The husband of soap opera star Beth Maitland, has filed for divorce from The Young And The Restless star.
The Blast reports that Christopher Banninger listed irreconcilable differences as the reason for the split. According to the court documents, the couple split on Valentine's Day 2016.
Banning is asking for no spousal support for himself and the 59-year-old actress. According to the documents, he says there is already a written agreement on how to split their community property.
The couple share one adult daughter, meaning that child support will not be an issue in the divorce.
Maitland did not mention the divorce on her Twitter feed. On Monday, she shared a photo of herself in a recording booth, working on a pilot.
According to a 2009 KHTS profile of Maitland, their daughter is Emelia, whose name came from Banninger's interest in flying and Amelia Earhart. However, she changed the spelling to honor her late Aunt Eileen.
In that interview, Maitland said she met Banninger when she was getting on a horse near Six Flags Magic Mountain. The two bonded over their love of horses and the outdoors.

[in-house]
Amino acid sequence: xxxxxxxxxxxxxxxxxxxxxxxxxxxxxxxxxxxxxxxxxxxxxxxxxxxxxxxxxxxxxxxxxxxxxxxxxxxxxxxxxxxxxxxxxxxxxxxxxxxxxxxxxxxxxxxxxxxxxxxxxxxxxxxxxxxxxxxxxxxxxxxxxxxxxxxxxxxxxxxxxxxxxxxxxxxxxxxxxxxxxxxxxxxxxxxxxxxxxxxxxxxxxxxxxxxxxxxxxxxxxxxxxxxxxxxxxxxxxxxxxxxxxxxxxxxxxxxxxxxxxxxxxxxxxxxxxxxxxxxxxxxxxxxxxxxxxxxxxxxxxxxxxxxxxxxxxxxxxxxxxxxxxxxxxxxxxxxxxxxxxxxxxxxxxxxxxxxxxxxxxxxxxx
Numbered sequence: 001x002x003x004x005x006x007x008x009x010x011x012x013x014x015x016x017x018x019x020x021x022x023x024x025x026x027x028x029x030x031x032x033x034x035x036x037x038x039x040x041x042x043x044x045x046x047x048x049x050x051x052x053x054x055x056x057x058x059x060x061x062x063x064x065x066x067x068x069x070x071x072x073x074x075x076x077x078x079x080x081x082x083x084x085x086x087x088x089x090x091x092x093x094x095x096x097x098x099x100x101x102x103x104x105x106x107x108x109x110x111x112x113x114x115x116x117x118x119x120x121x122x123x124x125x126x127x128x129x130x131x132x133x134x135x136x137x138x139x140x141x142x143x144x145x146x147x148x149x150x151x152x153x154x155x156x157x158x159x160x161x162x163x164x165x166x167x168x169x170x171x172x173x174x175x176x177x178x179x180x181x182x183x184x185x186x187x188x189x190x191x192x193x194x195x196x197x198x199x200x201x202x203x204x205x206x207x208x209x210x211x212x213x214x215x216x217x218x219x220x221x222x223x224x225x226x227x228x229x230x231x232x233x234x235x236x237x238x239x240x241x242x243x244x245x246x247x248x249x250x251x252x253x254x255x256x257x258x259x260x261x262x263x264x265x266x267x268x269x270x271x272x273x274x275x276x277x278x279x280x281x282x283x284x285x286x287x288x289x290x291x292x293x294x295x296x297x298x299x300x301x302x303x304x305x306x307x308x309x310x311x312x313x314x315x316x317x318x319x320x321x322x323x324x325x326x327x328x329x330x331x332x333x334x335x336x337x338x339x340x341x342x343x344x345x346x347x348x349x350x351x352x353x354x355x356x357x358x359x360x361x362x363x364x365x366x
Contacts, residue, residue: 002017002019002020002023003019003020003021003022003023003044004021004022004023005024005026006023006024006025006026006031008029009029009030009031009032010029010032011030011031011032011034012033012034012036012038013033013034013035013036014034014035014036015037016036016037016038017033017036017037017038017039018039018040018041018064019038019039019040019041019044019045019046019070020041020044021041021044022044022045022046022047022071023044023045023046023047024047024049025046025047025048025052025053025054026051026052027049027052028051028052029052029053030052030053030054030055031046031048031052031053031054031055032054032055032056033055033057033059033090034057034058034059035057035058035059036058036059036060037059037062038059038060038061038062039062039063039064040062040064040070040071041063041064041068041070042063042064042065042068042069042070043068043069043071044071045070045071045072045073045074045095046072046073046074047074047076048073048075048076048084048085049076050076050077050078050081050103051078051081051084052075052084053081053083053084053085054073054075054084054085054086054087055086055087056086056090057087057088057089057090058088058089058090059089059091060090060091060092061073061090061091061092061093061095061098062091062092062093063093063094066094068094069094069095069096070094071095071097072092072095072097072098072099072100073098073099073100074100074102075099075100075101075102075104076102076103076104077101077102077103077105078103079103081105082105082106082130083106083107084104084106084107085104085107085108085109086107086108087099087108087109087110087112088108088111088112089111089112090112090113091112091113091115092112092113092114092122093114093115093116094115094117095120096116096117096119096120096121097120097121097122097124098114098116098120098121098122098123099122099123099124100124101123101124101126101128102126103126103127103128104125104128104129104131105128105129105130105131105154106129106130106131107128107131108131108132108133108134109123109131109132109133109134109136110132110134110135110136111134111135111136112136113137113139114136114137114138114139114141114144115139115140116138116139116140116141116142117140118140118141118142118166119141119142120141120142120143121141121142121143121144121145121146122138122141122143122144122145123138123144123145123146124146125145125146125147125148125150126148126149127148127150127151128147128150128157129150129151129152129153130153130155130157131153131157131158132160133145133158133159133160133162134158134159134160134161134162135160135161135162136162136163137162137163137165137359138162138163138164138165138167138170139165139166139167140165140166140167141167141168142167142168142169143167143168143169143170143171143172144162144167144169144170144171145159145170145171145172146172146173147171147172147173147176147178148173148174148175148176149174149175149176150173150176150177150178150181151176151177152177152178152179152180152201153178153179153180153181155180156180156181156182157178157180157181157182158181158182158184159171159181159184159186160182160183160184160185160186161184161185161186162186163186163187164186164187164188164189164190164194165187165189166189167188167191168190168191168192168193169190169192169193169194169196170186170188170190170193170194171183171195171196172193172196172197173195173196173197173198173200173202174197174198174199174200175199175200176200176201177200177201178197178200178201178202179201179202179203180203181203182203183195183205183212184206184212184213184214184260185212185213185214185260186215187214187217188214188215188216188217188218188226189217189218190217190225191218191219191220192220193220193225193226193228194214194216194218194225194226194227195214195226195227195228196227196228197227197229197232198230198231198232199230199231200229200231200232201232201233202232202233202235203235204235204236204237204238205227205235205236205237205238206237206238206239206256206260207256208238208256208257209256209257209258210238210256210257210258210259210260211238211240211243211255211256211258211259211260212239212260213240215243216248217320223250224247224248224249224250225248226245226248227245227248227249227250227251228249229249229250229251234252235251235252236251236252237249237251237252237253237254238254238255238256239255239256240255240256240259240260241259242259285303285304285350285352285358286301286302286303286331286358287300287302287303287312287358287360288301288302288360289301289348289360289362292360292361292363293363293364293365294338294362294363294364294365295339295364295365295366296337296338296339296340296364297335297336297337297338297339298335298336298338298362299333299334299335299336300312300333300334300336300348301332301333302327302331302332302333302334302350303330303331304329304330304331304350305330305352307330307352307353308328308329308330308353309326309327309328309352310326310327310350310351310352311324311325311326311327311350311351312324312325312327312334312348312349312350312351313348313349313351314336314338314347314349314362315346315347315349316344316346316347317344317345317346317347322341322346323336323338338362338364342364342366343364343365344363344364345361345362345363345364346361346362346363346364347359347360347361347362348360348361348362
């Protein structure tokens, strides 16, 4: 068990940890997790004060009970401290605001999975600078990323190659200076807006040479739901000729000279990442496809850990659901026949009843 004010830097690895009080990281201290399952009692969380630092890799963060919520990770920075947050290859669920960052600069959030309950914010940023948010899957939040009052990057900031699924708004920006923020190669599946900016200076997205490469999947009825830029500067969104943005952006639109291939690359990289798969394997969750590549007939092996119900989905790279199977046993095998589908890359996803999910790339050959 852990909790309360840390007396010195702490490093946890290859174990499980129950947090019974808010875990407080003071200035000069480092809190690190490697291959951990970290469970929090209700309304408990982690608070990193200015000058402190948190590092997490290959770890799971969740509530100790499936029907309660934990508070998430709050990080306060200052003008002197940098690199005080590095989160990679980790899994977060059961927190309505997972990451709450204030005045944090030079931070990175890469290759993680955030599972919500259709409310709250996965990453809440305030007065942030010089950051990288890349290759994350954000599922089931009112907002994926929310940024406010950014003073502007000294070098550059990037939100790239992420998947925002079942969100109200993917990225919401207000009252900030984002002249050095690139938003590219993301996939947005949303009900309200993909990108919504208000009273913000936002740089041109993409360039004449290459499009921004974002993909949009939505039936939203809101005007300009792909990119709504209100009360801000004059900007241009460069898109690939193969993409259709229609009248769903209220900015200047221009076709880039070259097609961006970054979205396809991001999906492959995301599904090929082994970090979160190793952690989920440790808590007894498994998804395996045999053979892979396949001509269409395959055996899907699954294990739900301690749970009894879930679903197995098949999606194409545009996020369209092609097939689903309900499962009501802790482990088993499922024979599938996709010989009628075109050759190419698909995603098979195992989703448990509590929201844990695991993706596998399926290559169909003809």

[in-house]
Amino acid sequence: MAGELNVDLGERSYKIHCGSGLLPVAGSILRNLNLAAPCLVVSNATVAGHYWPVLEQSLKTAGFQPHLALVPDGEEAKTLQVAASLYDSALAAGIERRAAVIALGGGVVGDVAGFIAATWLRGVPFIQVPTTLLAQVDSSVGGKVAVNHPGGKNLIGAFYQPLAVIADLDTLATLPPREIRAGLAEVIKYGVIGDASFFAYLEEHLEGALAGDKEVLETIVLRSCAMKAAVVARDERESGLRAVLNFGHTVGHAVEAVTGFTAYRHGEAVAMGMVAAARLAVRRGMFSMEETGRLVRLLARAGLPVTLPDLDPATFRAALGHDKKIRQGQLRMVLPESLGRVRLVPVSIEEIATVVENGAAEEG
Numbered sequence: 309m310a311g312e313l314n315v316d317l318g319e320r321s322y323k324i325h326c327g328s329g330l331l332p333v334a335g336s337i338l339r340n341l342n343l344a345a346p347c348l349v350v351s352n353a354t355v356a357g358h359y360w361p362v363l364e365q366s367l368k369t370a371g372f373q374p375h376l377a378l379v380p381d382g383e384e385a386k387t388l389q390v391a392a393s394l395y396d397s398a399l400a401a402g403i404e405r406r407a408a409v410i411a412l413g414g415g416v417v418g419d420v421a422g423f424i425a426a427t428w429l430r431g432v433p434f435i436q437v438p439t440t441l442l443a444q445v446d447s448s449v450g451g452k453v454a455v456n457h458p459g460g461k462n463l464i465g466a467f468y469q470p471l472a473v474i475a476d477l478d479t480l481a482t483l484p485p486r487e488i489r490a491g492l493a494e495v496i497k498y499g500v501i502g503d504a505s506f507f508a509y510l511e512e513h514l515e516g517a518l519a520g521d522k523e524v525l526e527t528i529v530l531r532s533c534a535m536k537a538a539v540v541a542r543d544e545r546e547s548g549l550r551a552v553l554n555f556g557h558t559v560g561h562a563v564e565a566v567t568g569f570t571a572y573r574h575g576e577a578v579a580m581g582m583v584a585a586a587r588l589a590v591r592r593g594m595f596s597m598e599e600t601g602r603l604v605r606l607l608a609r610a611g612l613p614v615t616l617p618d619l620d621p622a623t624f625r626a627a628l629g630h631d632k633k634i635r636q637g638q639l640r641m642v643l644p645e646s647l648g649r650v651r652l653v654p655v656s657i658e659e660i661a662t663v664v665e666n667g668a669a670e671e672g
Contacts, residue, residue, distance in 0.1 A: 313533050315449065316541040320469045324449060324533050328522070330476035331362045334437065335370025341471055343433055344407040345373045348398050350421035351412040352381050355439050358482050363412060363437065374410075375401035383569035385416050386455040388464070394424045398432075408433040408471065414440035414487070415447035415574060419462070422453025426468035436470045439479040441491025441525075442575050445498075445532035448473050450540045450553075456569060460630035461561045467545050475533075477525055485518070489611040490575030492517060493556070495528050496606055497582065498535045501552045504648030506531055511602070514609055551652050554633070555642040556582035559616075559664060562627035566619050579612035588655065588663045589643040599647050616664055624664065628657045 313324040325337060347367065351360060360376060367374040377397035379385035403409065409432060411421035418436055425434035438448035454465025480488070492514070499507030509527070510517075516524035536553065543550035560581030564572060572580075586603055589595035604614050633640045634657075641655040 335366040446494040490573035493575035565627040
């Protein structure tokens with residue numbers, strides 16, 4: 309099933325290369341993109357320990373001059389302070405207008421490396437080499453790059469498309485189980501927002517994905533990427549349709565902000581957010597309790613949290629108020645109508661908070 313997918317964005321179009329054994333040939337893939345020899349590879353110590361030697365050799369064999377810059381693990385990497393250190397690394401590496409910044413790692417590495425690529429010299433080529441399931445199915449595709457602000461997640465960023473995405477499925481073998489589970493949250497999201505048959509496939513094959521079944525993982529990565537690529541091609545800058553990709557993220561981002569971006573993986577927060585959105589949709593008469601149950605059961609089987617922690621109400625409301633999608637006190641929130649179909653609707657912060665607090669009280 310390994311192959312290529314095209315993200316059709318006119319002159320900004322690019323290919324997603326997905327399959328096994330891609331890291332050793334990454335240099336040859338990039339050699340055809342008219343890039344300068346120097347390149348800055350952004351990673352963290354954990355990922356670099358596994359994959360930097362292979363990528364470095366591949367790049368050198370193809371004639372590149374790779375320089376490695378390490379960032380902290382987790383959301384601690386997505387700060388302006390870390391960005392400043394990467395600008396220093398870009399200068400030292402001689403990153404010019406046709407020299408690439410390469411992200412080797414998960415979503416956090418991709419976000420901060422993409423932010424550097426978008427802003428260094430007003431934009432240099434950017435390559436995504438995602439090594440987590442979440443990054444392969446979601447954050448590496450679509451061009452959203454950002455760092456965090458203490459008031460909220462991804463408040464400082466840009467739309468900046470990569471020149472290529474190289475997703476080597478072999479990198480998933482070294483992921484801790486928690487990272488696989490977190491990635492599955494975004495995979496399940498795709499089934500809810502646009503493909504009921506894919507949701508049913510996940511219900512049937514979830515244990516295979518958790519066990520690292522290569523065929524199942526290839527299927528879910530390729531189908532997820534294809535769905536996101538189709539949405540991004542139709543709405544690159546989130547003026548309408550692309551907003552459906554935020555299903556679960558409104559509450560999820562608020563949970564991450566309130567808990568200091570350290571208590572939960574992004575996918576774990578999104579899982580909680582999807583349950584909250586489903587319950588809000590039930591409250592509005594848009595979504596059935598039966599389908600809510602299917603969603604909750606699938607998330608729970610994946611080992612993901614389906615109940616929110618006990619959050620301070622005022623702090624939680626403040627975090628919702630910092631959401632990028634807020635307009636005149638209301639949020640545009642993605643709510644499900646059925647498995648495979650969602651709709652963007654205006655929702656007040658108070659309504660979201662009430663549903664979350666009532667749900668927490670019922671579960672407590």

Banninger is a sound mixer. According to his IMDb page, his recent credits include Men at Work, The Odd Couple, Melissa & Joey and The War at Home.
As for Maitland, she was the first actress to win a Daytime Emmy for a role on The Young & The Restless, winning in 1985 for playing Traci Abbott. In 1986, she was nominated for the Soap Opera Digest Award Outstanding Young Leading Actress on a Daytime Serial. She left the show on a full-time basis in 1996, but has frequently returned to the show. Her most recent episode aired in March.
Outside of the long-running CBS soap, Maitland appeared in a 2017 episode of CBS' Criminal Minds and had a role in the 1995 film Mr. Holland's Opus. She also played Traci in a 2007 episode of The Bold and the Beautiful.
In a recent interview with CBS Soaps In Depth, Maitland said she loved her recurring status on Y&R.0comments
"I love it," Maitland said. "Coming back to Genoa City for one episode or six episodes or whatever, it's literally like coming home. I do not feel complete unless I'm here."
Photo credit: Monty Brinton/CBS